How to terminate a contract - Part 2 - No Breach

Even if there is no breach of the contract, then the law won’t tie us to it forever. There may be additional grounds that it would be unreasonable for us to continue. Some of them may be more often seen and easier to show than others, but they can be worth considering in cases of doubt. This part 2 follows up part 1 where we considered how to terminate for breach of contract.

How to terminate a contract - Part 2 - No Breach

1. What does the contract say?

Just like where we were claiming that there was a breach of contract, our first step is to look at the contract itself.

a) Expiry/performance

Fairly obviously, the contract may come to an end naturally either when delivery or performance is completed, or just after a certain length of time. We should be on the lookout for “evergreen” clauses where the term can automatically roll over unless either party gives notice. We’re assuming that we have arrived at this position as we don’t want to wait for the end of the initial or extension period that is in place. But if we can, then clearly we should give notice in the required form, place and time at the next opportunity. Possibly only the most organised will diarize these dates, though we really should. We can’t always avoid ongoing payments for unused services or minimum volume commitments but if when drafting the agreement we can, then the urgency to terminate will be reduced later.

b) Convenience

Some contracts give one party or both the right to terminate for convenience or for any reason (or “no reason”). If so, then as above we should give notice using the required methods. Note that this may not always be a “get out of jail free” card. If the other party has been logical, then this right should come with an obligation to pay at least the time and materials spent on the project up to the date of termination and any other unrecoverable costs (usually third party services and products that needed to be contracted in order to perform our main contract). There may also be termination payments, although these need extra care as they could constitute an unenforceable penalty. If the contract is a “commercial agency” contract (where one party promotes the goods – or sometimes services – of the other) then termination payments are very likely to be due – Eden Legal will return to this in another post. Note also that under the UK Consumer Rights Act, termination rights or payments that are unbalanced to the detriment of the consumer may be unenforceable.

c) Force majeure

What we are really dealing with here is a failure by one party to perform its obligations on time or at all, but one that we have agreed to excuse to the extent that it is caussed by unforeseen events. If the event or non-performance continues for a particular period of time then we will often see a right to terminate in order for the unaffected party (usually the customer or buyer) to obtain performance elsewhere. We will want to tailor the period to the reality of the length of time we can wait and also any lead-time in on-boarding another supplier.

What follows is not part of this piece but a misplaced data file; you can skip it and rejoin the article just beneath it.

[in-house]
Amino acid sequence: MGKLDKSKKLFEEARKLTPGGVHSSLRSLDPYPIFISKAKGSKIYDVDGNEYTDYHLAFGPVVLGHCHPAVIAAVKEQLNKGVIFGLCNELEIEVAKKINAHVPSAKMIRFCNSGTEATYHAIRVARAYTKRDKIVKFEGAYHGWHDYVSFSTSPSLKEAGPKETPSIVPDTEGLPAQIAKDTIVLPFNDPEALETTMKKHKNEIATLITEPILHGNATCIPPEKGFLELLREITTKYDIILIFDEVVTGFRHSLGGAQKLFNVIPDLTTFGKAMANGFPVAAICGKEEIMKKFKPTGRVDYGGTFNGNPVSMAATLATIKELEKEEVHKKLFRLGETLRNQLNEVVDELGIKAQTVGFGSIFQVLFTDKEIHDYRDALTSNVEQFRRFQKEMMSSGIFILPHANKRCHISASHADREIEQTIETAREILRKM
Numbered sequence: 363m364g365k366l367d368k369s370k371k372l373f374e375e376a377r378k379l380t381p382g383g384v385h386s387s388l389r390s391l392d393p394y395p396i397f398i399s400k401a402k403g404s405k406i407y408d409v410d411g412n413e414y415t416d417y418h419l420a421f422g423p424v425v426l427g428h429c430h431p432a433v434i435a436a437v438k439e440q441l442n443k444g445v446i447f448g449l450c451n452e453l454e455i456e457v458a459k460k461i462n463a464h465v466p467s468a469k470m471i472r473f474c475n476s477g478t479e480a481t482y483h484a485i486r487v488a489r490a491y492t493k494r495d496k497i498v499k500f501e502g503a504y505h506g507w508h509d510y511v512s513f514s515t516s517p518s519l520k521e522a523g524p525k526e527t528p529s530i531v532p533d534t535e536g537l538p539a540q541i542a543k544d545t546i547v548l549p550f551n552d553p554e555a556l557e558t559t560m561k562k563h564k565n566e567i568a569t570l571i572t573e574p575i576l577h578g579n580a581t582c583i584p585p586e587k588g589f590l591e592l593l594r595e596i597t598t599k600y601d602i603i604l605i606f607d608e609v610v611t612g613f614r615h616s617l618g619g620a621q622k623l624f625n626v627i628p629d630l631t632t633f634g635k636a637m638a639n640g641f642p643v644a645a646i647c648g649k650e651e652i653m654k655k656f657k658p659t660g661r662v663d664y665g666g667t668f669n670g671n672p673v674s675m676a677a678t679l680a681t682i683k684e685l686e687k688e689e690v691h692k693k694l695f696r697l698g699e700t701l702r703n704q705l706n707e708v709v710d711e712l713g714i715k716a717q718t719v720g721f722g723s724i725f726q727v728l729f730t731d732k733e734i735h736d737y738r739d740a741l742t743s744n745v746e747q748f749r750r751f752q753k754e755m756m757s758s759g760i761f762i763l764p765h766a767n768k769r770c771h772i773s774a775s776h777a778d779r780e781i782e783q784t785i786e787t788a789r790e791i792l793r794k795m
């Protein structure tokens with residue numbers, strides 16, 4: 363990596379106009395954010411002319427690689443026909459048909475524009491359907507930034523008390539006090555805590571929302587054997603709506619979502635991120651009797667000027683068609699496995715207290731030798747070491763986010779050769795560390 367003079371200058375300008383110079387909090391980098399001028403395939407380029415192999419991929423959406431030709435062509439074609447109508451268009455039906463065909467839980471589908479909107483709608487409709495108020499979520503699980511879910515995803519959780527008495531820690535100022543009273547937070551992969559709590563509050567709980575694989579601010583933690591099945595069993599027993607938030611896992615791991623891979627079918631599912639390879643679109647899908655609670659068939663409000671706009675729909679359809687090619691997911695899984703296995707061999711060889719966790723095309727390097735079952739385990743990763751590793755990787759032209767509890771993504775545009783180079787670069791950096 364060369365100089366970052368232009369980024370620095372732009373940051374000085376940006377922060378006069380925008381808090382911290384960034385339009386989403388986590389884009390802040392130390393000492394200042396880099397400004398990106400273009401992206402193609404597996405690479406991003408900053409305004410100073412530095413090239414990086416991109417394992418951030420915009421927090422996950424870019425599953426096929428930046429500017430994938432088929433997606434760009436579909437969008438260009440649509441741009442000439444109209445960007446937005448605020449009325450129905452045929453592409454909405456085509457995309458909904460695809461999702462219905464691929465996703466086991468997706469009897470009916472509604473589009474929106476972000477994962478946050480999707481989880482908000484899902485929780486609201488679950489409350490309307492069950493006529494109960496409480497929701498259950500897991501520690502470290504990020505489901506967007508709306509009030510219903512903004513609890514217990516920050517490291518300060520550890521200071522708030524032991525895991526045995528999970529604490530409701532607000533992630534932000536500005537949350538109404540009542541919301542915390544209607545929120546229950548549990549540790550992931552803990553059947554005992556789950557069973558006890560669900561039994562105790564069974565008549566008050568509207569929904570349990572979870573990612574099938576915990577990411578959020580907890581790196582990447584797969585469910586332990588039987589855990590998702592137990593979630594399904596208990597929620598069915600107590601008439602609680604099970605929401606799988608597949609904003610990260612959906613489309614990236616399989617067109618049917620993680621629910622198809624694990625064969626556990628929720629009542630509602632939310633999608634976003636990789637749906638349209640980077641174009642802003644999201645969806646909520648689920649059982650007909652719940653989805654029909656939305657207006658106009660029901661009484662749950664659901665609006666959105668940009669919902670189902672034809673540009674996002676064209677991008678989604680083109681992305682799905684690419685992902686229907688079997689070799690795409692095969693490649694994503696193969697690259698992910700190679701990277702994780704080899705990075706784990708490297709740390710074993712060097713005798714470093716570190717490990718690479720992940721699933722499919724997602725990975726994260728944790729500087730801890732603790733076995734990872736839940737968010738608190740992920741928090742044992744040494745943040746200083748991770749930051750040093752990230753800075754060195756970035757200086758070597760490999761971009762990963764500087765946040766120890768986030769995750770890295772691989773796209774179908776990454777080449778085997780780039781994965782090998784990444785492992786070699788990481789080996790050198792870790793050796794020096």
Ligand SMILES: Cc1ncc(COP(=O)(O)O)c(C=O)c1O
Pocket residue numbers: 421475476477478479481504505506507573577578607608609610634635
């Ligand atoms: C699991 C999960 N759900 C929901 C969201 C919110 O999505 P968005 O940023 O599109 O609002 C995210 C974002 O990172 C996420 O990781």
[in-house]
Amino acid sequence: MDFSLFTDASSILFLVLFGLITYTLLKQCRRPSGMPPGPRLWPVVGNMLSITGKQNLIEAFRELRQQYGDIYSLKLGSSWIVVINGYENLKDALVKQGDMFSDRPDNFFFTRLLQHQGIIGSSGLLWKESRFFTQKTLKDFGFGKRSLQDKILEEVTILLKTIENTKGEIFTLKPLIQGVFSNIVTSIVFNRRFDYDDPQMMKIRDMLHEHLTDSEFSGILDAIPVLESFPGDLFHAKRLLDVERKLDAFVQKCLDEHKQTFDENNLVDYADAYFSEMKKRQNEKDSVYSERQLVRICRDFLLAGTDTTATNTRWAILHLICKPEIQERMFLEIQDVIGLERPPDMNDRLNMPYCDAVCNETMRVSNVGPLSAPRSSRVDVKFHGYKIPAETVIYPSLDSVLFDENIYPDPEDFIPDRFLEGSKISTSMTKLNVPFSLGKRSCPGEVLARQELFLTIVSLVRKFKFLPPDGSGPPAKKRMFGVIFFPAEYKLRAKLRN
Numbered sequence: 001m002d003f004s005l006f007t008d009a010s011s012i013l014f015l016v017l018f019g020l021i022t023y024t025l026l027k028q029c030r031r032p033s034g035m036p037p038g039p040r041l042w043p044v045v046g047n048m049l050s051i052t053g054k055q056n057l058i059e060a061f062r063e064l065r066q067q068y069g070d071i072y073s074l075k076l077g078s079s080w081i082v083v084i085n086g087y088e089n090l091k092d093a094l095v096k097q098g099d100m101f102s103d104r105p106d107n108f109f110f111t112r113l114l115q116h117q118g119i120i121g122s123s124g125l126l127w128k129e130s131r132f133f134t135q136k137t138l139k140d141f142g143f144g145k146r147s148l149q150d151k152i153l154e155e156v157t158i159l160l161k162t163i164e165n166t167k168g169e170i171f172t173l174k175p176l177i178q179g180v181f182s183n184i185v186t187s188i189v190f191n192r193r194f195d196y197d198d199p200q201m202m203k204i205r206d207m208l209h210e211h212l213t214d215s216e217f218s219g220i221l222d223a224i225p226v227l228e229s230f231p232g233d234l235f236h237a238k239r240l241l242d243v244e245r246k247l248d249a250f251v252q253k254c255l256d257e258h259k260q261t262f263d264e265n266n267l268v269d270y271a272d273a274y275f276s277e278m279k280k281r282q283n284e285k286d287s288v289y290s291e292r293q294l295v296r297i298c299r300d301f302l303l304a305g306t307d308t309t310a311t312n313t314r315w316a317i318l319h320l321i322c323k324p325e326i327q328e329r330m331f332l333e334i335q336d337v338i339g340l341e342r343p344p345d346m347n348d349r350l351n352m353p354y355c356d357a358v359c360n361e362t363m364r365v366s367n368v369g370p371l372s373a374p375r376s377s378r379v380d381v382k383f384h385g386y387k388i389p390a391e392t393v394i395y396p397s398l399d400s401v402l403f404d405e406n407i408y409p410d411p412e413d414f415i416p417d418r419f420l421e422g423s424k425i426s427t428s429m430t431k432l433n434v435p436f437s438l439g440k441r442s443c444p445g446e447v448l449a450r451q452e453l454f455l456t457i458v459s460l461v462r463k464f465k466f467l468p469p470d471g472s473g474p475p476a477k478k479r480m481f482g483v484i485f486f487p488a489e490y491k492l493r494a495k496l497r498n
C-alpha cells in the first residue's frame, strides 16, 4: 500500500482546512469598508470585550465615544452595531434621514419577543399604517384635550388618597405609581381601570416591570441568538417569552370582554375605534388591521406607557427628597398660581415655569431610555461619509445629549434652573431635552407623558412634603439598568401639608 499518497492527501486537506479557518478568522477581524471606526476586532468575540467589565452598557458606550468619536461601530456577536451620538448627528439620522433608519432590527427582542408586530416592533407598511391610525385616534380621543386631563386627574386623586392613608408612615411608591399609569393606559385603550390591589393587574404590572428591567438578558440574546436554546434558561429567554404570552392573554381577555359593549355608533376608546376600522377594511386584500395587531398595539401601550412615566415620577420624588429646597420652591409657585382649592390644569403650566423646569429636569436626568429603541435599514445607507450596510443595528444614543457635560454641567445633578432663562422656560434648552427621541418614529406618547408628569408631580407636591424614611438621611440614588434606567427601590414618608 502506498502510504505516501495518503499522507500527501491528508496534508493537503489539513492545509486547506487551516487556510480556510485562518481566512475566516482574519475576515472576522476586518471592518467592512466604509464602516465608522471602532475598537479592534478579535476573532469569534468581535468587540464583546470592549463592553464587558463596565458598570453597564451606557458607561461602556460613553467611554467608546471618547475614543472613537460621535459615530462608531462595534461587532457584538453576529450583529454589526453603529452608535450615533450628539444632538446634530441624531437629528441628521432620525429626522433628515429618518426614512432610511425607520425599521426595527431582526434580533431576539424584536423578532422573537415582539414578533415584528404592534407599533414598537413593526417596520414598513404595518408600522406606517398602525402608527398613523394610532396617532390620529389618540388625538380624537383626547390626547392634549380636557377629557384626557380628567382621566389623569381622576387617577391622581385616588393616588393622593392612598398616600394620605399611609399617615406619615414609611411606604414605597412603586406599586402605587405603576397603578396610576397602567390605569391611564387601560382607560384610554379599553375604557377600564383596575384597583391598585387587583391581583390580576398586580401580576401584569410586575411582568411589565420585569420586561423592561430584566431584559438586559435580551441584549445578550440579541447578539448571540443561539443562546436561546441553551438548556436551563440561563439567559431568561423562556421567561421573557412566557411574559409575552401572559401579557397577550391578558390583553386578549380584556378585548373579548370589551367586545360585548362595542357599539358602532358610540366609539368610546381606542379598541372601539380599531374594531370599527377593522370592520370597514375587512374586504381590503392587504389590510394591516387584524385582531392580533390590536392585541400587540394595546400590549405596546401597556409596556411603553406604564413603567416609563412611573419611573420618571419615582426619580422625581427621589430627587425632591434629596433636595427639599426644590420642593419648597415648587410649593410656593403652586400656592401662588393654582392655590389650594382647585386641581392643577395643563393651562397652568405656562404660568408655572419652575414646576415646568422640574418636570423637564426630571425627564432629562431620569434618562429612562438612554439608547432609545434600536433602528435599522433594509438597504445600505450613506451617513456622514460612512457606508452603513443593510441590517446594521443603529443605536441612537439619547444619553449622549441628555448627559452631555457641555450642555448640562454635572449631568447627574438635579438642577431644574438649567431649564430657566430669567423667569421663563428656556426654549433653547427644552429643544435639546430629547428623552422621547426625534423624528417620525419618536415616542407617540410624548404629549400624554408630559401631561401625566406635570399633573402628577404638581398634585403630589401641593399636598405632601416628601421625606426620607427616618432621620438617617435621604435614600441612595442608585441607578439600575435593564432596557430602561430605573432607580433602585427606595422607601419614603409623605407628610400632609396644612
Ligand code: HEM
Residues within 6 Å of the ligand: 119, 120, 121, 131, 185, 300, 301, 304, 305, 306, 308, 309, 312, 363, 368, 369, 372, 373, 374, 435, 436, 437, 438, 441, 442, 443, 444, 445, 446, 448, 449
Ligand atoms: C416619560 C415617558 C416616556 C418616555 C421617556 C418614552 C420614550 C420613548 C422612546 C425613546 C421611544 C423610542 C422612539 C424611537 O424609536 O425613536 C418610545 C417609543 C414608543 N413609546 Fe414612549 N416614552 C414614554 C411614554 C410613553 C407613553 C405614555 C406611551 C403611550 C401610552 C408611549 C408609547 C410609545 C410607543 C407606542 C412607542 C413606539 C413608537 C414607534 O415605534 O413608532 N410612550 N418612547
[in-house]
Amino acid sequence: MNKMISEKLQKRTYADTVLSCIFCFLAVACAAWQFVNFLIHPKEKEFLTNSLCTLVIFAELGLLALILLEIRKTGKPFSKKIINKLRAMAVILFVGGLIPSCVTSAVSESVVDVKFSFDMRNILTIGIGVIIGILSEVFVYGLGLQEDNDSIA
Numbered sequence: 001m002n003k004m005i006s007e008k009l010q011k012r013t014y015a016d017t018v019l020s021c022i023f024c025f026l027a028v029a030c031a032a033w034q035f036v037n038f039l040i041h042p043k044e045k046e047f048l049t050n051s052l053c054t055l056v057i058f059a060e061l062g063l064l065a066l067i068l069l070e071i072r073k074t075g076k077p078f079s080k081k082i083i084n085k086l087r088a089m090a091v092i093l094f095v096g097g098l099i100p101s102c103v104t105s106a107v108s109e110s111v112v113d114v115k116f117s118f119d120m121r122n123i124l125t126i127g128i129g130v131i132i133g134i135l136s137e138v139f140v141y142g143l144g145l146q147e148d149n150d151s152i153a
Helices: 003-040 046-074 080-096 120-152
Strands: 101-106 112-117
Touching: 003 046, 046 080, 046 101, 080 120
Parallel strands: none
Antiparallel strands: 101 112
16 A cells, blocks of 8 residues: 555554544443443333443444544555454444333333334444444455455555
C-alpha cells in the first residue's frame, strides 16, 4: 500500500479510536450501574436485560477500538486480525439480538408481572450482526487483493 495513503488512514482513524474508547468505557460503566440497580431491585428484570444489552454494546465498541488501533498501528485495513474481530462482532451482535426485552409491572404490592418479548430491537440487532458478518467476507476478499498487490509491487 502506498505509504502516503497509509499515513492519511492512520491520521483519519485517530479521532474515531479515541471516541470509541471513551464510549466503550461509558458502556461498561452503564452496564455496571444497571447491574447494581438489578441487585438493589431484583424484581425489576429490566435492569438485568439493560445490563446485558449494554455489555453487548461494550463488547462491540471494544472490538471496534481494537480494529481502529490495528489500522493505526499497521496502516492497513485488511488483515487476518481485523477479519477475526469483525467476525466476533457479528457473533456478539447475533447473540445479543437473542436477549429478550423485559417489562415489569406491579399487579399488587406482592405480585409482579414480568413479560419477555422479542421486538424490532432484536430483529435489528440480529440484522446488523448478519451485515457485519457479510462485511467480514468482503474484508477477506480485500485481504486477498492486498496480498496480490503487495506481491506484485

d) Insolvency

For very apparent reasons we often would not want to continue to do business with a now insolvent (or bankrupt) person. So we may want a broad clause in our contracts that enables us to terminate as soon as possible after we become aware of this risk. Conversely, in quite a few places (Spain is one) this may be void or restricted as the law favours trying to continue to do business under the contract if this might give the ailing party a fighting chance of survival. We do see alternative rights of termination due to “financial or reputational risks”, which might be ways of achieving the same result, but need additional care if we are effectively saying the same thing using different words.

These clauses range from simple “unable to pay their debts as they become due” to complex laundry lists of different types of, or steps in, proceedings that we want to class as “insolvency” (winding up, appointment of administrators, compromises with creditors, charges over assets, threatening to cease business etc. etc.). As ever, we’ll want to ensure that the circumstances at hand are actually covered by the clause. If the clause is particularly generous to us, permitting us to terminate if we “reasonably suspect” any of these issues, then at least we’ll want to have (and keep on file) some evidence to back this up.

e) Change of control